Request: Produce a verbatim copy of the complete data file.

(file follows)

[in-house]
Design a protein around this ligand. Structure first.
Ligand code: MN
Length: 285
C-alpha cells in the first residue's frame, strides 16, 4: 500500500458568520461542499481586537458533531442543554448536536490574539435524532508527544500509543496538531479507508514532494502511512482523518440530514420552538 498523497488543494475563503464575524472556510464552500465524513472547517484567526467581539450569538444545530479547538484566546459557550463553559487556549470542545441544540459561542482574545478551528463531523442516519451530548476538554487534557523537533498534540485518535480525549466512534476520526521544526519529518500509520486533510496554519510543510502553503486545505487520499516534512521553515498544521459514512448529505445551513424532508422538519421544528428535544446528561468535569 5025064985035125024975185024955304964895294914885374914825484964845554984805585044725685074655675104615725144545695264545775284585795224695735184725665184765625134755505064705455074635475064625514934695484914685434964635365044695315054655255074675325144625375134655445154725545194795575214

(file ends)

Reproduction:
[in-house]
Design a protein around this ligand. Structure first.
Ligand code: MN
Length: 285
C-alpha cells in the first residue's frame, strides 16, 4: 500500500458568520461542499481586537458533531442543554448536536490574539435524532508527544500509543496538531479507508514532494502511512482523518440530514420552538 498523497488543494475563503464575524472556510464552500465524513472547517484567526467581539450569538444545530479547538484566546459557550463553559487556549470542545441544540459561542482574545478551528463531523442516519451530548476538554487534557523537533498534540485518535480525549466512534476520526521544526519529518500509520486533510496554519510543510502553503486545505487520499516534512521553515498544521459514512448529505445551513424532508422538519421544528428535544446528561468535569 5025064985035125024975185024955304964895294914885374914825484964845554984805585044725685074655675104615725144545695264545775284585795224695735184725665184765625134755505064705455074635475064625514934695484914685434964635365044695315054655255074675325144625375134655445154725545194795575214